Dropbox released a Security Checkup Tool for all customers yesterday that users of the service may use to verify security related account settings.
Designed to improve security, it walks you through a series of verification steps. These are not new, but they have been scattered around on the Dropbox website so far.
With the release of the Security Checkup Tool, these become available in one central location which should improve the process for users of the service.
You can run the Dropbox Security Checkup Tool with a click on the following link: https://www.dropbox.com/security_checkup
The tool has two main purposes:
The program walks you through four or five verification steps. Four if you don't use two-step verification, five if you do.
You are asked to verify the primary email address of the Dropbox account in the first step. While you may have used it to sign in to Dropbox, Dropbox wants to make sure that you have access to the email address. The email address may be used for account recovery purposes for instance.
It gets more interesting in the second step. Dropbox displays a list of devices and browsers that are signed in to the linked Dropbox account. Depending on the age of your account and your devices or browsers, you may see signed in devices listed there that you don't use anymore.
Also, it will reveal devices that you have never had control over, for instance devices by a third-party that managed to gain access to the account.
In my particular case, the oldest device listed was six years old. You can end sessions for any of the devices by clicking on the x-icon next to a device.
Dropbox's checkup tool displays applications that you have linked to the account in the next step. Each is listed with its name, and a description. Some also provide links for you to click on to look up additional information.
Official Dropbox applications, for instance Dropbox for Windows Store, are revealed as such in the description. The description reveals the permissions for each of the other applications linked to the Dropbox account.
This may include read or write access to a particular folder, or full access to all files inside Dropbox.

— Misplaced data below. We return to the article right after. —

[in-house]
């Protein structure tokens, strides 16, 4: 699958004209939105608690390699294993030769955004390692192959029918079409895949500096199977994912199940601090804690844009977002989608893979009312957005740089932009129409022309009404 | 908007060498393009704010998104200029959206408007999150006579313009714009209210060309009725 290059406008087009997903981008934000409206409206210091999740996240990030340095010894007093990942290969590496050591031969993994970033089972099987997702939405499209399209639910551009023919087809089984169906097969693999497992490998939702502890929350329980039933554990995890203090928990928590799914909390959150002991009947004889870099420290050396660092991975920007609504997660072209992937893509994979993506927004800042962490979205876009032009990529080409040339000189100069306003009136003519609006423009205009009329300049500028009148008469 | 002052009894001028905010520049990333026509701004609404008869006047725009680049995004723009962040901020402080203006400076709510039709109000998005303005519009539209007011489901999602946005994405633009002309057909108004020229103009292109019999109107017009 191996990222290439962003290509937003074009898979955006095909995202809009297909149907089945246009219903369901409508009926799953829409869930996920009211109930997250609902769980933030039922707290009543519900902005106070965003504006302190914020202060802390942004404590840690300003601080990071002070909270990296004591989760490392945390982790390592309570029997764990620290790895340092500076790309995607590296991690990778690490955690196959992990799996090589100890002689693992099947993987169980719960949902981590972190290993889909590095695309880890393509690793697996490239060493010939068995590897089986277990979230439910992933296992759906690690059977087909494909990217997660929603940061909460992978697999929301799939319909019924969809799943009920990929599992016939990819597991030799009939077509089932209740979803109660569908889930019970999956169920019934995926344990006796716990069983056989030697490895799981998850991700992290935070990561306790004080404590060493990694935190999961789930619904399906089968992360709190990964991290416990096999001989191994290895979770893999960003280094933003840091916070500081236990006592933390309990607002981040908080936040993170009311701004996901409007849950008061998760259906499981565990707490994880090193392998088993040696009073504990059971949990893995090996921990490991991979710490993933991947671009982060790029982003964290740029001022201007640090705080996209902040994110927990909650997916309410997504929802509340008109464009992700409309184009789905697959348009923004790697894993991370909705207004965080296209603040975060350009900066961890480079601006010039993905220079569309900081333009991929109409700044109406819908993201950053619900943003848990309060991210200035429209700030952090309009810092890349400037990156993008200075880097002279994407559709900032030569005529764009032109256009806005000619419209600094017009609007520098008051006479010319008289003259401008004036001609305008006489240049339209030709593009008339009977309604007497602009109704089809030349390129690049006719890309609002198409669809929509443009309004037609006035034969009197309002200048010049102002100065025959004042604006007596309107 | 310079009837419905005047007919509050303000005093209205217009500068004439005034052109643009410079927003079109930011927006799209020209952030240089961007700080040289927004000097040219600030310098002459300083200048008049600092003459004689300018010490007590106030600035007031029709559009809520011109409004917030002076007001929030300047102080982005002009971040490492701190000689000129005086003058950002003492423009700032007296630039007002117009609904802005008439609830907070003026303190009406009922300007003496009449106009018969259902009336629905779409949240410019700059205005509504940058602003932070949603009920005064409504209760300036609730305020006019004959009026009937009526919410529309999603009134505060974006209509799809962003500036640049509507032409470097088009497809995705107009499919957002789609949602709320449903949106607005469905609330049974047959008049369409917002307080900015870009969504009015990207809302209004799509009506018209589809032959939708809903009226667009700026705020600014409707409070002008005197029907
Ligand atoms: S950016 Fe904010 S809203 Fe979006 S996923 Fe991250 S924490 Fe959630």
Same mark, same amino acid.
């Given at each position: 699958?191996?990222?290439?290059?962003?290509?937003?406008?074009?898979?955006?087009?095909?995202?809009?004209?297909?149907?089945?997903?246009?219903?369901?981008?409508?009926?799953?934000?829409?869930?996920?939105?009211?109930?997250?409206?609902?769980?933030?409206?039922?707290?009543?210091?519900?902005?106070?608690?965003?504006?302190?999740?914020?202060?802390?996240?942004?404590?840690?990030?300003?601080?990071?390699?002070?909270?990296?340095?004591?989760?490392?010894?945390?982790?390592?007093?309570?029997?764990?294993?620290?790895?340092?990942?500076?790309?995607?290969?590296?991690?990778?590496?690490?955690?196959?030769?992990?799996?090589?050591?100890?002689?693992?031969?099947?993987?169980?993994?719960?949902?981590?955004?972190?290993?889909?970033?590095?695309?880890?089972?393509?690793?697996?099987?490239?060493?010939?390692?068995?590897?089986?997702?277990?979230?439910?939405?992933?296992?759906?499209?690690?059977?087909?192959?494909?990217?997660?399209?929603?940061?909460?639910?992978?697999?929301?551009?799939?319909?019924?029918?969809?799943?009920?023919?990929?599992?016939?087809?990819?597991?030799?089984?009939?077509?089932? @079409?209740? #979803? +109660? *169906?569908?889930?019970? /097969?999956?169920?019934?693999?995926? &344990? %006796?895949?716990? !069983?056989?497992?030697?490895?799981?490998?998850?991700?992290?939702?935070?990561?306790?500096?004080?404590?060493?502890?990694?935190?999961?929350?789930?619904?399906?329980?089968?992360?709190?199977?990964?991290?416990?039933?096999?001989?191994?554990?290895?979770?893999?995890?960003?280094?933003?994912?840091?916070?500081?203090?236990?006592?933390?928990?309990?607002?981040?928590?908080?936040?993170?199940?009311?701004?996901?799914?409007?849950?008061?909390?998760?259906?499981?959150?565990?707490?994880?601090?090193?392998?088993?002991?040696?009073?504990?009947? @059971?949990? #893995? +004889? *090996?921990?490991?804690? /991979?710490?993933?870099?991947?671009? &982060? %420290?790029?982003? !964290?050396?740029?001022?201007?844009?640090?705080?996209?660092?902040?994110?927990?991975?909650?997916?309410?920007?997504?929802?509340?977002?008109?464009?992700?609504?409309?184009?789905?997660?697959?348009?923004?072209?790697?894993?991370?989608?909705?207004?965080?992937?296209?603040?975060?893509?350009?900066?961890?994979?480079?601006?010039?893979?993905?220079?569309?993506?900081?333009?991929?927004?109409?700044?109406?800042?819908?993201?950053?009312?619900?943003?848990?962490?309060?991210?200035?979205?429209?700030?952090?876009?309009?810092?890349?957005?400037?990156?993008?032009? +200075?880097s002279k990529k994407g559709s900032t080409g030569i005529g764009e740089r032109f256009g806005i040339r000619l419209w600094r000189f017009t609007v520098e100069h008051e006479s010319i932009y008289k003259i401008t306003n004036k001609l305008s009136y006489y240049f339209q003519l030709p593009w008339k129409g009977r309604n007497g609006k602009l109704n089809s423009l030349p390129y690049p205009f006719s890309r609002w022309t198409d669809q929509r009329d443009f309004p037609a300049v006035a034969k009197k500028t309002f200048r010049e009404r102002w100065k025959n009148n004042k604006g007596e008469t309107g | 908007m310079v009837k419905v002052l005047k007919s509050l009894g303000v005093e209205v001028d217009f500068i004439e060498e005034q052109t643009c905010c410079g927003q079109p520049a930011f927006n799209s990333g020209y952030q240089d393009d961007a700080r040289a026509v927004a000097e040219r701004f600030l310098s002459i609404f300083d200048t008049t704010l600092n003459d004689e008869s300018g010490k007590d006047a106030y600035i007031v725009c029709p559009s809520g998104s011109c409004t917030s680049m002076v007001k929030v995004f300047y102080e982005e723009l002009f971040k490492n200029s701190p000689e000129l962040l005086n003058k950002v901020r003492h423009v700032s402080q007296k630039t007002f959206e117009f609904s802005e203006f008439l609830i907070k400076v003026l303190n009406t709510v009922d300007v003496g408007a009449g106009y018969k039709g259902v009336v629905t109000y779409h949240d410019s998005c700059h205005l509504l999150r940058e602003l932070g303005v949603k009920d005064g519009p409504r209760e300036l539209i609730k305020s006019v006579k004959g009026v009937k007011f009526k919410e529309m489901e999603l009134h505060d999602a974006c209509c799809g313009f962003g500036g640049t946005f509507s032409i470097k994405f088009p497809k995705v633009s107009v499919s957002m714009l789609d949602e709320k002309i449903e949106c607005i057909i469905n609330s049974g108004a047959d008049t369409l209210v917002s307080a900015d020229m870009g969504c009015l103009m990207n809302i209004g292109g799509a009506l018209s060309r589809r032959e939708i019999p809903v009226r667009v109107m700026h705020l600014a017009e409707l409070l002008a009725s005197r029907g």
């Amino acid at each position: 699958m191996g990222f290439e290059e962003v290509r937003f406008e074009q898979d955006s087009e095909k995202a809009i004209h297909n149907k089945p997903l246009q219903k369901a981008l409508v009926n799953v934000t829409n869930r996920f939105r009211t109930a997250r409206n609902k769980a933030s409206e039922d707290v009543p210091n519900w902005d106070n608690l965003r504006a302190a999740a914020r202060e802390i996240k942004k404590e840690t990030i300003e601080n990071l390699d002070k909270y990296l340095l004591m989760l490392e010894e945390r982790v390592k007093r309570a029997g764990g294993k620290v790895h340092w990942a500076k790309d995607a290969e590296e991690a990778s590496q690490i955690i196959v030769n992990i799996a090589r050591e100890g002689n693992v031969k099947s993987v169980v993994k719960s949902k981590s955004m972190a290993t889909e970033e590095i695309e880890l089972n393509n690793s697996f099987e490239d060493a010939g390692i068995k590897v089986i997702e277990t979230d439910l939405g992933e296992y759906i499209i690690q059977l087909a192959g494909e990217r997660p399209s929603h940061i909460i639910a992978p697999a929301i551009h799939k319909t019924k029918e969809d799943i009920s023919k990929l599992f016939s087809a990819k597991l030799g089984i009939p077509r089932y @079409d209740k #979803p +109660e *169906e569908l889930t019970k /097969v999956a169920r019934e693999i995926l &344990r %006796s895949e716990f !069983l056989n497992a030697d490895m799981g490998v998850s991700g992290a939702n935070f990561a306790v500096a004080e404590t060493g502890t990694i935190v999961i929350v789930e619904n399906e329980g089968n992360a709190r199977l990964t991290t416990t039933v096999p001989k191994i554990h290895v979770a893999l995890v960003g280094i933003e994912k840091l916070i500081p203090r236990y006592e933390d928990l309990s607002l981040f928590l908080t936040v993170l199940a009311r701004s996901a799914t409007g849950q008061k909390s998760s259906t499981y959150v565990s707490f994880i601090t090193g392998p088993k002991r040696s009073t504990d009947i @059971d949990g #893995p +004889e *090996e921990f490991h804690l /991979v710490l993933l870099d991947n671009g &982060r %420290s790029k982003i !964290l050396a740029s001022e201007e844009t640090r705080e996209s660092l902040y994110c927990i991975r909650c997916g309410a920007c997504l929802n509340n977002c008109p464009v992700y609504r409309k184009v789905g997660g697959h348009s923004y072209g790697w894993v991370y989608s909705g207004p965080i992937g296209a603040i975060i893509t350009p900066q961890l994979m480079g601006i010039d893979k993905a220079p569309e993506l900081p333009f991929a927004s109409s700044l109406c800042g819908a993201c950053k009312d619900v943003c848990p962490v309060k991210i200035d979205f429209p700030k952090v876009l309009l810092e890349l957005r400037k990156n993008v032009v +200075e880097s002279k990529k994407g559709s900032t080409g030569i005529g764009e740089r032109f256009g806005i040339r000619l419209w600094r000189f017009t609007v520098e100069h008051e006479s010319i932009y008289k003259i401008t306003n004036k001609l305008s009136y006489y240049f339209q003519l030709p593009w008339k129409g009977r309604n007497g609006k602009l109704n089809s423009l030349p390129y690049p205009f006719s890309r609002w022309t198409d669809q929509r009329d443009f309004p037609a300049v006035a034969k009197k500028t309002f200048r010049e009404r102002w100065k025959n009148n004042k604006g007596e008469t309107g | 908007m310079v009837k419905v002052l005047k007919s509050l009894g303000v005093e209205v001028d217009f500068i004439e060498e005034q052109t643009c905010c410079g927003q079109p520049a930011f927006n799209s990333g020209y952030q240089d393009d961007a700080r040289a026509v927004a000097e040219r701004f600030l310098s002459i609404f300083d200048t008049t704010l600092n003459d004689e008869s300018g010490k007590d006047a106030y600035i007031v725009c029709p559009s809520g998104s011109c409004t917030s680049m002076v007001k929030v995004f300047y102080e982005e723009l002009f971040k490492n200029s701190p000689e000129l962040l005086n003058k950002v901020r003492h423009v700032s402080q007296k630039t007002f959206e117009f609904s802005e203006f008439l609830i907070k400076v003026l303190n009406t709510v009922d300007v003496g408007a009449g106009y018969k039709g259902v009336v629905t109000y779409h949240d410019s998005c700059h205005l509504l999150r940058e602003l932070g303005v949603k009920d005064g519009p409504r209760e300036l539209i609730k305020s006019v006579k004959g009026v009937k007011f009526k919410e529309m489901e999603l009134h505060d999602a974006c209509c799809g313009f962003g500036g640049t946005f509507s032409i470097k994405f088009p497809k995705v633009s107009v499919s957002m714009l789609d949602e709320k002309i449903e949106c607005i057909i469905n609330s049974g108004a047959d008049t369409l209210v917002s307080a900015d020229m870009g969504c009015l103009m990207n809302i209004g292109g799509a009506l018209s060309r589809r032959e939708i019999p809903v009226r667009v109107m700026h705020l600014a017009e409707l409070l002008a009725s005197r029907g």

You can cut the tie to any of the applications with a click on the x-icon next to it. When you do, a prompt may be displayed which you may use to remove the folder of the application as well from Dropbox.
Once you are done with all of that, you get to the improve your password step. This is an optional step, but Dropbox suggests you change your account password especially if you have removed connected browsers or devices, or linked applications.
If you have enabled two-step verification, you are asked to verify the settings in the final step. Dropbox lists the status and primary means to verify authentication using the extra layer of security.
Once you are done with all of that, you may open the security settings, or simply close the browser tab.
It is interesting to note that you can manage most security related information on the Account Security page directly as well. it offers less information and instructions however.
Dropbox's new Security Checkup Tool adds a straightforward way to Dropbox to verify security related settings of the account, and specifically linked browsers, devices and applications.
Experienced users may speed things up by opening the Security page of the Dropbox account instead, as it provides them with the same verification options.
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Ghacks is a technology news blog that was founded in 2005 by Martin Brinkmann. It has since then become one of the most popular tech news sites on the Internet with five authors and regular contributions from freelance writers.